Monthly Archives: May 2011

As the world turns…

The VLT (Very Large Telescope) is an array of four optical telescopes, sitting at an altitude of 2,635 metres in the Atacama Desert. It is operated by the ESO (European Southern Observatory), scanning the skies for extra-solar planets and distant galaxies. The VLT was one of the first to produce direct images of extrasolar planets in 2004. More recently, it has discovered the farthest gamma-ray burst, evidence for a black hole at the centre of the Milky Way, and a candidate for the farthest galaxy ever observed, some 13.2 light years away.

Well, that’s enough about it. Here is a time-lapse video of the VLT at work. It is the magnificent backdrop of the rotating, ever-changing sky that will blow your mind.


Scientists discover entirely new branch of life

Scientists have found something in water samples from a pond in Exeter. They have discovered microscopic organisms that are related to fungus, and have named them “cryptomycota”. Perhaps that doesn’t sound like a ground-breaking discovery.

However, this could turn out to be a revolutionary finding. These organisms are significantly different to ordinary fungus (pictured above). In fact, there are so many different kinds of cryptomycota, and are found in so many different places, that their biodiversity is much more vast than any other fungus. Their biodiversity may even be greater than the entire fungal kingdom.

Significantly, they apparently lack a protein in their cell walls, which is a defining feature of fungi. This implies that cryptomycota deserve their own branch on the tree of life. Indeed, they may not even be a fungus at all.  

The scientists behind its discovery are now aiming to grow it in the lab, so they can get a better understanding of it. Cryptomycota may just be a very unusual type of fungus, or it may end up getting its very own kingdom, alongside the plant and animal kingdom.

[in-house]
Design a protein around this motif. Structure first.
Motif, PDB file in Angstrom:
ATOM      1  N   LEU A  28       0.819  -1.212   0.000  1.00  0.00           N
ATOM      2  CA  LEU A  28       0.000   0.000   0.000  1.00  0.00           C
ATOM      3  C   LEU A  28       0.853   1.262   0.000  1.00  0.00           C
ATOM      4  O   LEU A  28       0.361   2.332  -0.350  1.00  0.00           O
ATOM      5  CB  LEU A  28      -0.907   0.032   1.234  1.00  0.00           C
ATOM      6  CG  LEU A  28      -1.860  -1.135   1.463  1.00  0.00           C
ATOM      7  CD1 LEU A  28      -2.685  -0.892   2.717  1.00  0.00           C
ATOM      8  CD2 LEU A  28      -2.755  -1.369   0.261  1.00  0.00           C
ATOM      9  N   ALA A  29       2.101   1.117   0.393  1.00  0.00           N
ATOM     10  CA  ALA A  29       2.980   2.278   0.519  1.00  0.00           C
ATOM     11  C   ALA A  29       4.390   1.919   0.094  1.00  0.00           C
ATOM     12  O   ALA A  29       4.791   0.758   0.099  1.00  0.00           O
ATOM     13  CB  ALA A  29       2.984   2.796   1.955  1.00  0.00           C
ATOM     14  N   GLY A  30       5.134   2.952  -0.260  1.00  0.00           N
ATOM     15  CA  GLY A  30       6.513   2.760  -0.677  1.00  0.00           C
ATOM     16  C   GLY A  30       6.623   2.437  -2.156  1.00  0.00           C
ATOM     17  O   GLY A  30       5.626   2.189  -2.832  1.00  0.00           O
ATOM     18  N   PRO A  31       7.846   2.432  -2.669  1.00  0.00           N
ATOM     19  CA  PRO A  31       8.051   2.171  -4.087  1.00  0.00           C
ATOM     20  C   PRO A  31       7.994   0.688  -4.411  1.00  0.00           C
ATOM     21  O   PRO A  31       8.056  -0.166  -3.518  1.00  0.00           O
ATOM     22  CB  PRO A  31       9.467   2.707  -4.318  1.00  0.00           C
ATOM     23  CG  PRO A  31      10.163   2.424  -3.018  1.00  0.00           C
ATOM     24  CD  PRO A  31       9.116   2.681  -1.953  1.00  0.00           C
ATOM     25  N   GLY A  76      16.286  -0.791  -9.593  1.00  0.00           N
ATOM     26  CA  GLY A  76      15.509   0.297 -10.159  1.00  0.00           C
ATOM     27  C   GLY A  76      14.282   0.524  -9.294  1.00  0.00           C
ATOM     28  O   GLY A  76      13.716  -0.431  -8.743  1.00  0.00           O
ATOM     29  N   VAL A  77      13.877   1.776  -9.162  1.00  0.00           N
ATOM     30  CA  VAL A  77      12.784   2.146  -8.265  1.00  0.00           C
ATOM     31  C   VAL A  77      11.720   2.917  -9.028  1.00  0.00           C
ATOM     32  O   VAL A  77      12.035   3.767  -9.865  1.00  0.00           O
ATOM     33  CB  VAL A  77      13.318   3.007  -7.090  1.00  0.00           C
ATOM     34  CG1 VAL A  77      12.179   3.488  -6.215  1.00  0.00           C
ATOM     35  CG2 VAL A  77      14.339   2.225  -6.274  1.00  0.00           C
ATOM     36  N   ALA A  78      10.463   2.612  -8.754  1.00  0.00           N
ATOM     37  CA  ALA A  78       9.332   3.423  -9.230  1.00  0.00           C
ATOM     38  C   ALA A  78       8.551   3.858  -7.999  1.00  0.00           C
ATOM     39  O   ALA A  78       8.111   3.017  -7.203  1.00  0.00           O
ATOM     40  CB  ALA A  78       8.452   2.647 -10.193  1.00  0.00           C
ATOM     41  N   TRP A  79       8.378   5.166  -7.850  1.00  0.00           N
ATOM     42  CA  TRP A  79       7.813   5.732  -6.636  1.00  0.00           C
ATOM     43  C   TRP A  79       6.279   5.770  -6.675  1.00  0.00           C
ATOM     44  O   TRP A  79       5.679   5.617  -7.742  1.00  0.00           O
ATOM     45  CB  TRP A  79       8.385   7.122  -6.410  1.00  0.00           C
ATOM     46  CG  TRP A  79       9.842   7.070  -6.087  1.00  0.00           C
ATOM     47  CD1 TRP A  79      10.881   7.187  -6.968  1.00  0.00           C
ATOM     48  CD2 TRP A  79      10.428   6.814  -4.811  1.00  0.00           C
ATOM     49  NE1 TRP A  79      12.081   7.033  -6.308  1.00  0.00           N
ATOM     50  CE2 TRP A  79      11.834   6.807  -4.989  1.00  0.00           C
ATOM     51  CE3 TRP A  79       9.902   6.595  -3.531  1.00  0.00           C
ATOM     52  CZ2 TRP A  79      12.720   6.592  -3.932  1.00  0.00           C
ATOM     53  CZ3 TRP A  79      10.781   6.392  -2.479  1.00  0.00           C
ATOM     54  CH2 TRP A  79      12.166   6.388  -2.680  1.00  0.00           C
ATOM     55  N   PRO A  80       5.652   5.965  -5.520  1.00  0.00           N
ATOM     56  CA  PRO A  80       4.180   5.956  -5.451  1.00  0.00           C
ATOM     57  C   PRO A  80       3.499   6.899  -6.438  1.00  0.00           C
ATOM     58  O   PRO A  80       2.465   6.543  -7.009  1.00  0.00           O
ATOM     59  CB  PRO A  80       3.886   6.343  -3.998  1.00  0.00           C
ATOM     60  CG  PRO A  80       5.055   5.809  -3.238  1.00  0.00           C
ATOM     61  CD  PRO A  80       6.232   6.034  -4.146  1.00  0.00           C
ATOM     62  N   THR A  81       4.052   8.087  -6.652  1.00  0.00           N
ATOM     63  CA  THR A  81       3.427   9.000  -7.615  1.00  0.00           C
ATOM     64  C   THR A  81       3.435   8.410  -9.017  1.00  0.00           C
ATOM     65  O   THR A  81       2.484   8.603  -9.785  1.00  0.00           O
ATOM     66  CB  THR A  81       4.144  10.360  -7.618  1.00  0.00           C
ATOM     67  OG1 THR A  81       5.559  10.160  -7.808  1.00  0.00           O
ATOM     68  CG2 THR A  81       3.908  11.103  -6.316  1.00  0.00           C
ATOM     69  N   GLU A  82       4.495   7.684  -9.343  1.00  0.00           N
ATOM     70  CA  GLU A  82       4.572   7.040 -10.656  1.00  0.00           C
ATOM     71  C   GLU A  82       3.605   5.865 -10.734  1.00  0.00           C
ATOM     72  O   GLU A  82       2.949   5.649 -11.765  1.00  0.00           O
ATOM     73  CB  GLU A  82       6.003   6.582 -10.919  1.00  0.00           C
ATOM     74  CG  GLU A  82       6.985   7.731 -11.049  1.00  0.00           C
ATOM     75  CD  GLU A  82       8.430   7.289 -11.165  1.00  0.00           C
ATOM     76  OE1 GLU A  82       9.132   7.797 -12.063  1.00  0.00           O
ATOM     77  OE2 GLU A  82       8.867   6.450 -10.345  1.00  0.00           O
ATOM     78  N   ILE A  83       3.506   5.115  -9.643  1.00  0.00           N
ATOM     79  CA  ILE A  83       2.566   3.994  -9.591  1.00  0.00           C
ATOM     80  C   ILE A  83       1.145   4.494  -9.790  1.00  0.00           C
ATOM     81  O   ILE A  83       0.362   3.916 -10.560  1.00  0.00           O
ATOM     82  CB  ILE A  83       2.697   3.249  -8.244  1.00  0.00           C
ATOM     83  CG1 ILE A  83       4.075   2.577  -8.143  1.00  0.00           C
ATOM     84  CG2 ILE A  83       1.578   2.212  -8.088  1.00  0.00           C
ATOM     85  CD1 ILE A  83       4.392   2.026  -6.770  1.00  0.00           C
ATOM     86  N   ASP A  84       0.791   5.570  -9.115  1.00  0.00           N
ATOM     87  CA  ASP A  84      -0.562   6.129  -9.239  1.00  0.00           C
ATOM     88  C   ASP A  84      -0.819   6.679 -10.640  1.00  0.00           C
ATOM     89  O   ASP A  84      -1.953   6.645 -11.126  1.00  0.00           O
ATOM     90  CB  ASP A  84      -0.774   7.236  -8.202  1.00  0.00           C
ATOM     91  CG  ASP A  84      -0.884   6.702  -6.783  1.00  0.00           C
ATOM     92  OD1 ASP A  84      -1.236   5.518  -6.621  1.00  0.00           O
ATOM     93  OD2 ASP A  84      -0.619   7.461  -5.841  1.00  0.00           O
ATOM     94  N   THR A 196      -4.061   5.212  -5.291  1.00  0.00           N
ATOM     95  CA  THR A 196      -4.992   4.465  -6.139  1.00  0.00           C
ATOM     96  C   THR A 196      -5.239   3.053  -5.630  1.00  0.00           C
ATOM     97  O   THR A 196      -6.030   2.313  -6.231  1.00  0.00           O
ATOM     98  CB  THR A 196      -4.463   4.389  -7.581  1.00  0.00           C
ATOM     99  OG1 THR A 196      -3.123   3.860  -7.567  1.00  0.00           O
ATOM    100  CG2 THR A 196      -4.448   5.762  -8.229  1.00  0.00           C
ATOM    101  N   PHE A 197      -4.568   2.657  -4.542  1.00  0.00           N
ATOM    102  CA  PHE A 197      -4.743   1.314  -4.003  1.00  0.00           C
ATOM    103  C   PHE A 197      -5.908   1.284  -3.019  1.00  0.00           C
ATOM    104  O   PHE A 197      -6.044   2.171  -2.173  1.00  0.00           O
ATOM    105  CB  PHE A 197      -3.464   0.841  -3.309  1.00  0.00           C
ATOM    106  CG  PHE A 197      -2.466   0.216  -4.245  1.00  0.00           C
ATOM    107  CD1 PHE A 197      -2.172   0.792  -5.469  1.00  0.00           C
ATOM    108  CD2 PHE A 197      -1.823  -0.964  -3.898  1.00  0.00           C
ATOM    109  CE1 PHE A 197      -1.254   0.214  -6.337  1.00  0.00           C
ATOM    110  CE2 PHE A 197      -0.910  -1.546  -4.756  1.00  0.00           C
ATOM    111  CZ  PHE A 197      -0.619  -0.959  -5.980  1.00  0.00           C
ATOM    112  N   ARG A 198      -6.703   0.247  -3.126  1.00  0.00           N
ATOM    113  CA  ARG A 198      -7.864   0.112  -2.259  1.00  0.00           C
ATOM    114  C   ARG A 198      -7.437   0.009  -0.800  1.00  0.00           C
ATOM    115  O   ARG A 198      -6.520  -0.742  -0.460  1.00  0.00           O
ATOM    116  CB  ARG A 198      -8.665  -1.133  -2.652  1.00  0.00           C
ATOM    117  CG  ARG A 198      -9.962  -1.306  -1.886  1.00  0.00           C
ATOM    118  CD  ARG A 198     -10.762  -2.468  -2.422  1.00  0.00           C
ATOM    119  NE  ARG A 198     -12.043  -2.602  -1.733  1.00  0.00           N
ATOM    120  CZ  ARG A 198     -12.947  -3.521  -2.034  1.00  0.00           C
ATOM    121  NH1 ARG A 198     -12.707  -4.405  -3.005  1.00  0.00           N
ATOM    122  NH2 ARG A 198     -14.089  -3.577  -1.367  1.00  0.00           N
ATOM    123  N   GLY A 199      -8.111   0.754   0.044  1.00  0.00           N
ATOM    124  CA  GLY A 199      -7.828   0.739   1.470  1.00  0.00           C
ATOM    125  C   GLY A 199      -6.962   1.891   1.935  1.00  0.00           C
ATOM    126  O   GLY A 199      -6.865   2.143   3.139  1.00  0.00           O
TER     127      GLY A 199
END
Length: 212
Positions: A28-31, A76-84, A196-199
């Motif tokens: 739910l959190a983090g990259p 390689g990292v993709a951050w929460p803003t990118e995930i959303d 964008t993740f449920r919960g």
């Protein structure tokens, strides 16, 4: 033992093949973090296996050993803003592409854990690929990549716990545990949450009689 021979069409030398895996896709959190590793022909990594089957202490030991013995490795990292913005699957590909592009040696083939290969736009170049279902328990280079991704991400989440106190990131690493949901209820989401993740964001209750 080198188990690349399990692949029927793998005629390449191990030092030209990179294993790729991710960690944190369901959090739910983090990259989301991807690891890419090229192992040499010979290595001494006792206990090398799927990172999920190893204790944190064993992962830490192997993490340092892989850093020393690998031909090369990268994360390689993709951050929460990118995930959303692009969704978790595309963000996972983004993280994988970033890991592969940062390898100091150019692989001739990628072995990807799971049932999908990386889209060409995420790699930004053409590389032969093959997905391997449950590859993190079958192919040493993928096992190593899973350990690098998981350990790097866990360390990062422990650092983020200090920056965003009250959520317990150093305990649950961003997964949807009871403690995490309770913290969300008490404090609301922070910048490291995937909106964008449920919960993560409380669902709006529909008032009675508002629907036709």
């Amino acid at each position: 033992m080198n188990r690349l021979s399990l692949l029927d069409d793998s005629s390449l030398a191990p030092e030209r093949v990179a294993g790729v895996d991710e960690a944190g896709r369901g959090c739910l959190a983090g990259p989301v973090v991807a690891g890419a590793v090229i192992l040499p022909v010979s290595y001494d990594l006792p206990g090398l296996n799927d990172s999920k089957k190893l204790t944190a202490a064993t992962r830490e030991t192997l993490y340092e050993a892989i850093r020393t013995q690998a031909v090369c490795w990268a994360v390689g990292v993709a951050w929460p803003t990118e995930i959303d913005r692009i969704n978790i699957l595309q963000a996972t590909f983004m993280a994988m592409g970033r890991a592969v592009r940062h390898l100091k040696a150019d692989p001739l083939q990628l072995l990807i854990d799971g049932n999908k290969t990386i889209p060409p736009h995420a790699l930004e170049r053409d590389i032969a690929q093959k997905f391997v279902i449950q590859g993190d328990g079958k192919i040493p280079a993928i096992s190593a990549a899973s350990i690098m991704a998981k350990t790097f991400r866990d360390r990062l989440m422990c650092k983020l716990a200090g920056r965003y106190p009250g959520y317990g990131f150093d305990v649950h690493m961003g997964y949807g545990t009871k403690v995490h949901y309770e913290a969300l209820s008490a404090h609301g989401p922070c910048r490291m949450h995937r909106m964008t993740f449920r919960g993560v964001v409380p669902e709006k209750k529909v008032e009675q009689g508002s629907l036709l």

Full story: NPR

Quantum Physicists show that heat can cool

Quantm Physics is one of those things that defies logic. It deals with the way sub-atomic particles behave, and always produces truly bizaare findings. It states that matter and energy are the same thing, light can either be a wave or a particle depending on how we observe it, and electrons can be in two places at once. Simply put: on the quantum scale, things get weird. So perhaps it’s no surprise that Quantum Physicists in Germany have made a discovery that will seem somwhat counter-intuitive and surreal.

For the best part of 30 years, scientists have been able to cool down gases of atoms using laser light. If the light is coherent, the atoms will absorb and emit electrons, lose momentum, and the gas cools down. If, on the other hand, the laser light is incoherent, the gas will become heated. Makes sense so far? “Coherent” laser light is “cold”, “incoherent” laser light is “hot”.

But now, researchers at the Freie Universitaet Berlin have found a way to cool a mechanical quantum oscillator using incoherent light. So, in simple terms: a quantum system can be cooled down with a burst of hot light.

Quantum Physics produces yet another finding that defies logic.

Full story: Physics World